Upstarts, by Brad Stone, loc 337-353 describes Airbnb co-founder Brian Chesky’s preoccupation with Silicon Valley as a dissatisfied recent graduate of design school:  At the time he was obsessively following the story of the fantastically successful founders of the video-sharing site YouTube; he was spending hours on the site as well as watching Steve Jobs’s […]

  • The Importance of Business Culture

    From One Market Under God, by Thomas Frank, loc 1787: It is worth examining the way business talk about itself, the fantasies it spins, the role it writes for itself in our lives. It is important to pay attention when CEOs tell the world they would rather surf than pray, show up at work in […]

  • Hip hop culture, philanthrocapitalism and getting shit done 

    I’ve been fascinated in recent months by the relationship between hip hop and tech. In some cases quite explicitly, senior figures in technology find cultural inspiration for the approach they take to management in contemporary hip hop. I’m interested in the notion of ‘business for punks’ for the same reason.  In essence, I thought this […]

  • Hip hop culture, philanthrocapitalism and getting shit done 

    I’ve been fascinated in recent months by the relationship between hip hop and tech. In some cases quite explicitly, senior figures in technology find cultural inspiration for the approach they take to management in contemporary hip hop. I’m interested in the notion of ‘business for punks’ for the same reason.  In essence, I thought this […]

  • How life coaching spreads in corporate cultures

    From Losing the Signal, Jacquie McNish and Sean Silcoff’s history of Research In Motion, pg 179: Bruised by the Storm experience and confused by the apparent rift between Balsillie and Lazaridis, executives feuded more frequently over turf and for the attention of their CEOs. Some turned to Don Morrison, the company’s kindly Father Time, who […]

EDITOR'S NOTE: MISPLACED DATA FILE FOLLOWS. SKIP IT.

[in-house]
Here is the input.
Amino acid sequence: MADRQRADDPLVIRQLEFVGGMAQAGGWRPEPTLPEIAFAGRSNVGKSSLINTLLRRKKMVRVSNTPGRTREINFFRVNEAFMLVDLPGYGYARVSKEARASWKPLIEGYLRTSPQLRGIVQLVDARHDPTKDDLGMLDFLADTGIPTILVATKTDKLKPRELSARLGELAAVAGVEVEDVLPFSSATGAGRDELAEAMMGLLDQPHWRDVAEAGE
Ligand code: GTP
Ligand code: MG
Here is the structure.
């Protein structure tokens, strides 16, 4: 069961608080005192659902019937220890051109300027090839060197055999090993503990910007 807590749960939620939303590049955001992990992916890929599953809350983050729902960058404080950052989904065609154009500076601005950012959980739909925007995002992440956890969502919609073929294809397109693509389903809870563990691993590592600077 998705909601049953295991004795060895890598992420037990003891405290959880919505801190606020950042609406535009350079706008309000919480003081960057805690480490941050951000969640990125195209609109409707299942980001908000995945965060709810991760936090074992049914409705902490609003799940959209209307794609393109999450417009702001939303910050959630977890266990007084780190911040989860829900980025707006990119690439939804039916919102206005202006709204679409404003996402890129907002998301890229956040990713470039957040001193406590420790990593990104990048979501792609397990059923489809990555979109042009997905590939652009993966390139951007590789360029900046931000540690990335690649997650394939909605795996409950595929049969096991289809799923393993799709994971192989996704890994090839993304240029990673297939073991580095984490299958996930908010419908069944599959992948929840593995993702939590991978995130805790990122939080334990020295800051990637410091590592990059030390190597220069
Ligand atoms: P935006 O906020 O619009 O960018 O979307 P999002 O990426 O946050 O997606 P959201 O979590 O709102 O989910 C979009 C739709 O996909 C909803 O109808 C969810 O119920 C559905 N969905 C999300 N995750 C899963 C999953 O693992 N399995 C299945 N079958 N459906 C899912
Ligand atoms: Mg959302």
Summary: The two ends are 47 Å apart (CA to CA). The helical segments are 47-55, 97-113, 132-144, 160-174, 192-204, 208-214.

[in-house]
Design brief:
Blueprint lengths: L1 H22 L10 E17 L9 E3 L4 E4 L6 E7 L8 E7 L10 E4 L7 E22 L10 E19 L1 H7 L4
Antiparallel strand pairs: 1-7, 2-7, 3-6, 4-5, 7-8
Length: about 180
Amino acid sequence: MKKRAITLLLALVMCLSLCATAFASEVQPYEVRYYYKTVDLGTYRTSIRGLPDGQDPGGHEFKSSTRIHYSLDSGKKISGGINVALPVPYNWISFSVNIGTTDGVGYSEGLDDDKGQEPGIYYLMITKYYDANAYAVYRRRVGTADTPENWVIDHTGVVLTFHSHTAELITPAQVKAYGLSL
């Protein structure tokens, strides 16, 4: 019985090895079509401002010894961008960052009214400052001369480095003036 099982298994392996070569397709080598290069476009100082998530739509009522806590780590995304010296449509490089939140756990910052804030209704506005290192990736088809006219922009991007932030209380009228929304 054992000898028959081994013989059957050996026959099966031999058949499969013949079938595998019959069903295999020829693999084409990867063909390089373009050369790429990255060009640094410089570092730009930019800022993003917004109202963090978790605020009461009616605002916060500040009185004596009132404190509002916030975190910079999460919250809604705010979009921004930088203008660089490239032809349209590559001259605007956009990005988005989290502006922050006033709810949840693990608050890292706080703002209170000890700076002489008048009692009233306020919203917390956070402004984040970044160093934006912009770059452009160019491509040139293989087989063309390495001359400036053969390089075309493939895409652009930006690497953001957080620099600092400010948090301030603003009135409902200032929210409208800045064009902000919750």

• The Accelerative Ethos of Steve Jobs

    From the Commencement address Steve Jobs gave on June 12, 2005: When I was 17, I read a quote that went something like: “If you live each day as if it was your last, someday you’ll most certainly be right.” It made an impression on me, and since then, for the past 33 years, I have […]

  • The Bechdel test for tech conferences

    The Bechdel test for tech conferences: 1) two women speaking 2) on the same panel 3) not about women in tech. — Monica Rogati (@mrogati) November 15, 2015

  • Aaron Swartz on digital business models

    From The Boy Who Could Change The World: The Writings of Aaron Swartz, loc 309. He’s talking about the semantic web but what he’s saying could easily be applied to much of social media: So, uh, here’s the plan:  1. Collect data  2. ???????  3. PROFIT!!!

  • A capitalism-friendly version of social mobility

    A really enticing analysis by Evgeny Morozov of the “eventual depoliticization of extremely political and contentious issues by wrapping them up in the empty, futuristic language of technology and innovation”. Silicon Valley increasingly dominates the discursive representation of our global future, with the amelioration of social problems limited to a technologically-driven intensification of consumption: Like […]

  • The Reactionary Politics of Tech Bros

    A slogan more frequently encountered on pro-police demos has been repeatedly daubed inside the Facebook headquarters, creating embarrassment for a corporation whose staff are overwhelmingly white and male: Facebook CEO Mark Zuckerberg has reprimanded employees following several incidents in which the slogan “black lives matter” was crossed out and replaced with “all lives matter” on the walls […]